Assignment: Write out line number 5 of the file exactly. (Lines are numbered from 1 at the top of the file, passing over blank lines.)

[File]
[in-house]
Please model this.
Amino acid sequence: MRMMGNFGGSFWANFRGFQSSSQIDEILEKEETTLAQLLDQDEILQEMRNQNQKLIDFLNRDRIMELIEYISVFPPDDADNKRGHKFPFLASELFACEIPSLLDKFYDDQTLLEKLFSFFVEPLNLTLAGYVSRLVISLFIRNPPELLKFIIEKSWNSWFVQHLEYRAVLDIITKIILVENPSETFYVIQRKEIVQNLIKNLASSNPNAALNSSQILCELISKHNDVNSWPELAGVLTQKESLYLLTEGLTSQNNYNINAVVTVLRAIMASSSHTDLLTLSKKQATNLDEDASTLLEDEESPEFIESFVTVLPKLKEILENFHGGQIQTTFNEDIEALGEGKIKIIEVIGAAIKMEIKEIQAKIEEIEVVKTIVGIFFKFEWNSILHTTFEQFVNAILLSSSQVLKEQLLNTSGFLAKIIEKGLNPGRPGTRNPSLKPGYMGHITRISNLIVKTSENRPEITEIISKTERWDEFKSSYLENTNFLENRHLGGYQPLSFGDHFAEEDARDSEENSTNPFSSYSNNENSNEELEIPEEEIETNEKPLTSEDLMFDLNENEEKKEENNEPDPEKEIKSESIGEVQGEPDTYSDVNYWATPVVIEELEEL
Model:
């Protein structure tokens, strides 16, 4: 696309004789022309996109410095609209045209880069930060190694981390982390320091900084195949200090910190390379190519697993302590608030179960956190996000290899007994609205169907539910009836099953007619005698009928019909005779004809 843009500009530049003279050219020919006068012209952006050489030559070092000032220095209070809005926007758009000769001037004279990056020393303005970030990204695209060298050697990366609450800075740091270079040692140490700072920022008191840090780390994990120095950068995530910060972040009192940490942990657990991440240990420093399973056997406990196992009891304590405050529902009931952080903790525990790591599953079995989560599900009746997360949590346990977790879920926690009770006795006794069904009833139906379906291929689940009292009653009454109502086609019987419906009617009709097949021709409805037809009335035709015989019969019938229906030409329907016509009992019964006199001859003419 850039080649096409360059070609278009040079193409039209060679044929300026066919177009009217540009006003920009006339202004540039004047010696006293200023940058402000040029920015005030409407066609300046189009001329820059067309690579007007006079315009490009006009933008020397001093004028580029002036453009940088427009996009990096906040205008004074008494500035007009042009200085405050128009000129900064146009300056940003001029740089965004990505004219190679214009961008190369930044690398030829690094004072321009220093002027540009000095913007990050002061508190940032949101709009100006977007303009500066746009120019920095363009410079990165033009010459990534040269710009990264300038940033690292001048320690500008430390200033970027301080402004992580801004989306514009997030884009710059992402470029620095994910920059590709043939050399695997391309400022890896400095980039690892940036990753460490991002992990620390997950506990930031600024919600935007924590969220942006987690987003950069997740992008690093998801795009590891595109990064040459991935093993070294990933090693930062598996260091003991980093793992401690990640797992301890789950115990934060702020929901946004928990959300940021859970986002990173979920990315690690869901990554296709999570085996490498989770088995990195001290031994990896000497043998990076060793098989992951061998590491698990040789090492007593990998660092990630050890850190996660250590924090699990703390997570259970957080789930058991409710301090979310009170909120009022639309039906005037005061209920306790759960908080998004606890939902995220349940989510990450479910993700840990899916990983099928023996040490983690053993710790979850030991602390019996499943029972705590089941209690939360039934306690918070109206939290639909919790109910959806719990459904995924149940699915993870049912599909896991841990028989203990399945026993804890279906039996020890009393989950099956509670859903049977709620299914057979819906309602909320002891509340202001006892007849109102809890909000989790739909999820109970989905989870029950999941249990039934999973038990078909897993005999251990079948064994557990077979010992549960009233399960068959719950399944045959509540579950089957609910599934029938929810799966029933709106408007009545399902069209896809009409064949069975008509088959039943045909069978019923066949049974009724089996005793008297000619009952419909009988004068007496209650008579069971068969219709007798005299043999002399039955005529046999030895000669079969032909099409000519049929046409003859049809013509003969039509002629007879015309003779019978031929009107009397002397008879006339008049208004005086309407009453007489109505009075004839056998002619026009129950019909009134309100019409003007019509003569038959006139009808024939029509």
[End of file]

């Protein structure tokens, strides 16, 4: 696309004789022309996109410095609209045209880069930060190694981390982390320091900084195949200090910190390379190519697993302590608030179960956190996000290899007994609205169907539910009836099953007619005698009928019909005779004809 843009500009530049003279050219020919006068012209952006050489030559070092000032220095209070809005926007758009000769001037004279990056020393303005970030990204695209060298050697990366609450800075740091270079040692140490700072920022008191840090780390994990120095950068995530910060972040009192940490942990657990991440240990420093399973056997406990196992009891304590405050529902009931952080903790525990790591599953079995989560599900009746997360949590346990977790879920926690009770006795006794069904009833139906379906291929689940009292009653009454109502086609019987419906009617009709097949021709409805037809009335035709015989019969019938229906030409329907016509009992019964006199001859003419 850039080649096409360059070609278009040079193409039209060679044929300026066919177009009217540009006003920009006339202004540039004047010696006293200023940058402000040029920015005030409407066609300046189009001329820059067309690579007007006079315009490009006009933008020397001093004028580029002036453009940088427009996009990096906040205008004074008494500035007009042009200085405050128009000129900064146009300056940003001029740089965004990505004219190679214009961008190369930044690398030829690094004072321009220093002027540009000095913007990050002061508190940032949101709009100006977007303009500066746009120019920095363009410079990165033009010459990534040269710009990264300038940033690292001048320690500008430390200033970027301080402004992580801004989306514009997030884009710059992402470029620095994910920059590709043939050399695997391309400022890896400095980039690892940036990753460490991002992990620390997950506990930031600024919600935007924590969220942006987690987003950069997740992008690093998801795009590891595109990064040459991935093993070294990933090693930062598996260091003991980093793992401690990640797992301890789950115990934060702020929901946004928990959300940021859970986002990173979920990315690690869901990554296709999570085996490498989770088995990195001290031994990896000497043998990076060793098989992951061998590491698990040789090492007593990998660092990630050890850190996660250590924090699990703390997570259970957080789930058991409710301090979310009170909120009022639309039906005037005061209920306790759960908080998004606890939902995220349940989510990450479910993700840990899916990983099928023996040490983690053993710790979850030991602390019996499943029972705590089941209690939360039934306690918070109206939290639909919790109910959806719990459904995924149940699915993870049912599909896991841990028989203990399945026993804890279906039996020890009393989950099956509670859903049977709620299914057979819906309602909320002891509340202001006892007849109102809890909000989790739909999820109970989905989870029950999941249990039934999973038990078909897993005999251990079948064994557990077979010992549960009233399960068959719950399944045959509540579950089957609910599934029938929810799966029933709106408007009545399902069209896809009409064949069975008509088959039943045909069978019923066949049974009724089996005793008297000619009952419909009988004068007496209650008579069971068969219709007798005299043999002399039955005529046999030895000669079969032909099409000519049929046409003859049809013509003969039509002629007879015309003779019978031929009107009397002397008879006339008049208004005086309407009453007489109505009075004839056998002619026009129950019909009134309100019409003007019509003569038959006139009808024939029509």